are necessary to ensure that essential services are maintained. This could include personnel in the
    emergency services, security, essential products and services, the maintenance of critical infrastructure
    such as transportation, utilities such as electricity, water and sewage systems, telecommunications
    and sanitation. Priority will also need to be given to the continued function of governance structures.
    Key individuals who are involved in the production of countermeasures, including vaccines, anti-virals
    and other essential health products may also form part of this prioritised group. In our view it will be
    for Government to define the categories of essential workers and the tests to be applied. This is not a
    responsibility that should lie with doctors.
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Giving priority to those working in essential services in this way would move beyond our usual system of
resource allocation and decision-makers could face criticism for discriminating between individuals on
the basis of social, rather than solely medical, factors. Should such an eventuality arise, procedures for
decision-making must be transparent, reasonable and based on defensible moral principles and great care
must be taken in clearly communicating the rationale for this approach and the critical importance for all
of maintaining these vital services.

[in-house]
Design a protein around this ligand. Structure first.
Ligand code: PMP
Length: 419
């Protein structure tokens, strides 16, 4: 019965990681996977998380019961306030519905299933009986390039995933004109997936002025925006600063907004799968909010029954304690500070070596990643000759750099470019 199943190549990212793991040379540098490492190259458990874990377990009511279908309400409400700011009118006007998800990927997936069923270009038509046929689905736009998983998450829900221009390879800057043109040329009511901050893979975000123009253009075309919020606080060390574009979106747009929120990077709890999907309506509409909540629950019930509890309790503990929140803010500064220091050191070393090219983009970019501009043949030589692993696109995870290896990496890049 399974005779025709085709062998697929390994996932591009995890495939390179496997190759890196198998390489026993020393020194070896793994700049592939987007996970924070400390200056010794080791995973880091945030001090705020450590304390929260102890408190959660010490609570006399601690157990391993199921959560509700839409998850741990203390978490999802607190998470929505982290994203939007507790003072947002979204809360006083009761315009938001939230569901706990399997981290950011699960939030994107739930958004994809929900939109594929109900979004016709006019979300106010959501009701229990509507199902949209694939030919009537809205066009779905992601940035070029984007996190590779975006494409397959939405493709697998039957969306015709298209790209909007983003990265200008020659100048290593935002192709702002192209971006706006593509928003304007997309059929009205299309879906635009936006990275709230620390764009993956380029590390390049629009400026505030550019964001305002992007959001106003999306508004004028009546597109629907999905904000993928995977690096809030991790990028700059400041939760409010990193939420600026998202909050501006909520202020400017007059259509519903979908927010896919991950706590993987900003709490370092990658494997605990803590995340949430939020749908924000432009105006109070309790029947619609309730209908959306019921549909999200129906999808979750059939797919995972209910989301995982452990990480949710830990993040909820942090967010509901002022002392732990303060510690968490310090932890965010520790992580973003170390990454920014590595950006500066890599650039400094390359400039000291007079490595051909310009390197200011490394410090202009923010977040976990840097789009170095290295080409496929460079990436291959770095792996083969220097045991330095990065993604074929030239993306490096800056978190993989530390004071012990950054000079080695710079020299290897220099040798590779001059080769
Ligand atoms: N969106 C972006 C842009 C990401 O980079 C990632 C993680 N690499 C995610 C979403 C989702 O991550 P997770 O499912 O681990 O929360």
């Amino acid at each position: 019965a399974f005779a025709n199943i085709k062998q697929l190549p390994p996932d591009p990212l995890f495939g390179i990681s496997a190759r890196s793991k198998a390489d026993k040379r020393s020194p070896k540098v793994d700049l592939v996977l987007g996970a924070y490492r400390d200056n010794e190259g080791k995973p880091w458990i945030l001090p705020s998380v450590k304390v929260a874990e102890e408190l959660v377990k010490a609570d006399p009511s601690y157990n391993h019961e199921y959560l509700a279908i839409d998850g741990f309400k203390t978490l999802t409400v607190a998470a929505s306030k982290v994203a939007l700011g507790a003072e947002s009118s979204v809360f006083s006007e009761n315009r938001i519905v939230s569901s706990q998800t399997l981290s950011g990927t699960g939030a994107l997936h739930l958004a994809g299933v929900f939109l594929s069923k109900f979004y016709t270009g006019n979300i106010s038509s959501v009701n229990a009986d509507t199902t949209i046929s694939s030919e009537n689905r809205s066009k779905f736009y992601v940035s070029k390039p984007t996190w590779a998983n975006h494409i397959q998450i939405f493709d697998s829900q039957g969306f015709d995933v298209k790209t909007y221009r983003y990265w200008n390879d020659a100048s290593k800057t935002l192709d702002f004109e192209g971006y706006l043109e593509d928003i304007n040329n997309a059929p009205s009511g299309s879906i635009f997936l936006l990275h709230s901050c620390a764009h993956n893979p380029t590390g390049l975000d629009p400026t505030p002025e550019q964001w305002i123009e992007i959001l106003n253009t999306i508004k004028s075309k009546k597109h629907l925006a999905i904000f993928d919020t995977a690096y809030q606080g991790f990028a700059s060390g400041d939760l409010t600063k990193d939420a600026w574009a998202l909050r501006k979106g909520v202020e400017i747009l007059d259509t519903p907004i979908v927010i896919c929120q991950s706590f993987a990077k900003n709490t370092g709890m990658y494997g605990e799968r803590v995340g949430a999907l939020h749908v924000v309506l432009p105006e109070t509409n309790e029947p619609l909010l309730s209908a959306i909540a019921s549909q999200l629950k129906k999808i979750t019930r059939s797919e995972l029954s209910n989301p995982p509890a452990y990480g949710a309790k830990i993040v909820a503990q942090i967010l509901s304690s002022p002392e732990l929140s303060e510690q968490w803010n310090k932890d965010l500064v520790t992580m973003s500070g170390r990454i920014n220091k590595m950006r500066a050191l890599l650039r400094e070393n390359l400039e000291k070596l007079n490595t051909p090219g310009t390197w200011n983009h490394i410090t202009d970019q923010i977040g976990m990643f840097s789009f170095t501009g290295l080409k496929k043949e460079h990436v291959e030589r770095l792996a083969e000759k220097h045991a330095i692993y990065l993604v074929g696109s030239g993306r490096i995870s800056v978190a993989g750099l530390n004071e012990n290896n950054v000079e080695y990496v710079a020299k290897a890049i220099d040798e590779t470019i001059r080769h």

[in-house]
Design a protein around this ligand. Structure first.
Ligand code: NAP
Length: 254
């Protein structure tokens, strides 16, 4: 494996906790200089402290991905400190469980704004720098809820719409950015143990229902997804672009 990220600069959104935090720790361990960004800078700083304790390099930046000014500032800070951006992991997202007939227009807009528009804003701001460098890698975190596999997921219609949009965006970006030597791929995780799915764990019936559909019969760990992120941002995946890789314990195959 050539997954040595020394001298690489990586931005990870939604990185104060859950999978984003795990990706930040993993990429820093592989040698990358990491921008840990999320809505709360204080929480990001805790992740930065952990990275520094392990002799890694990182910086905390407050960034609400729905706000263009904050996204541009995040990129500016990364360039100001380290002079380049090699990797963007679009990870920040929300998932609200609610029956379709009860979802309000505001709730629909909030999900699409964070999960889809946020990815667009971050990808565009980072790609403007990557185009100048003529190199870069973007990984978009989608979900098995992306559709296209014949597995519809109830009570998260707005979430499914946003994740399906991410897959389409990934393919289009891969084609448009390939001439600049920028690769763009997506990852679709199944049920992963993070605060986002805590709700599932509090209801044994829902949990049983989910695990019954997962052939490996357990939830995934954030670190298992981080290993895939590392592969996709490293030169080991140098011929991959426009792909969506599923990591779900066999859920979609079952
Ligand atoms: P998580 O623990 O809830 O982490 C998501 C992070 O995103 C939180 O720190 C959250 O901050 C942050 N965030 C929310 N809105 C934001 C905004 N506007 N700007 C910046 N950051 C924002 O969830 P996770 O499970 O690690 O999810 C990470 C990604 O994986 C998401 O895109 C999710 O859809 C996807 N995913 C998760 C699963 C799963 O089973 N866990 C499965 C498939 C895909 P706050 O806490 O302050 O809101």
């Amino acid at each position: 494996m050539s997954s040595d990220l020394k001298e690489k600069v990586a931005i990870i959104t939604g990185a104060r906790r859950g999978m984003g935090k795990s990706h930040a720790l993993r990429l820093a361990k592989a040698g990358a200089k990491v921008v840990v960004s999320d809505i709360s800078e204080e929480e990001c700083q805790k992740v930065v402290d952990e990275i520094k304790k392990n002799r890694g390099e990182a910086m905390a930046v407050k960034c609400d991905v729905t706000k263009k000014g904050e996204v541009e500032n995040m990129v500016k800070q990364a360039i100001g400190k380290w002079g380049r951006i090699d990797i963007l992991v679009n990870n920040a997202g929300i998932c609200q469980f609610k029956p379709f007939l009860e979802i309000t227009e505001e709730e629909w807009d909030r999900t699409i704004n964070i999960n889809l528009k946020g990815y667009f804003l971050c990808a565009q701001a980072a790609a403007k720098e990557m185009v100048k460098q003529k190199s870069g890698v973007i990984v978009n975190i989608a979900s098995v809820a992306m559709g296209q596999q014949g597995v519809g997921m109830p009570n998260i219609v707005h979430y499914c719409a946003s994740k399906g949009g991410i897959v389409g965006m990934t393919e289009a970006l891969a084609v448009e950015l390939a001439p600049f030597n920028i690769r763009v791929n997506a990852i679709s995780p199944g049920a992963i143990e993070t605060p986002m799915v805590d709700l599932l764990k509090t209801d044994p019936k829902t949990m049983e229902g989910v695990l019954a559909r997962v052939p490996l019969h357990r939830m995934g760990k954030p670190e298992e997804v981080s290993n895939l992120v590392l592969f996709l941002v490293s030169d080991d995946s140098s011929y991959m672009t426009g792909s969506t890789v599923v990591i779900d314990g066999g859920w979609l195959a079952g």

Management of risk to health professionals
Health professionals are directly at risk of illness and even death, and those with underlying morbidities
may be particularly vulnerable. Obligations on health professionals to accept a degree of risk in providing
treatment impose strong reciprocal obligations on employers. All employers have both a legal and ethical
responsibility to protect their staff and must ensure that appropriate and adequate personal protective
equipment is available, and that staff are trained in the use of it. Health staff, and other staff essential to
the running of health services, cannot be expected to expose themselves to unreasonable levels of risk
where employers have not provided, or have been unable to provide, appropriate protective equipment.

Where health professionals have a reasonable belief that their protective equipment is insufficient – that
it falls short of expected professional standards – they need to raise this as a matter of urgency with their
managers. Risk assessments must be made based upon the specific facts of the case, and consideration
should be given to finding alternative ways of providing the care and treatment needed. In the BMA’s view,
there are limits to the level of risks doctors can reasonably be expected to expose themselves to as part
of their professional duties. Doctors would not be under a binding obligation to provide high-risk services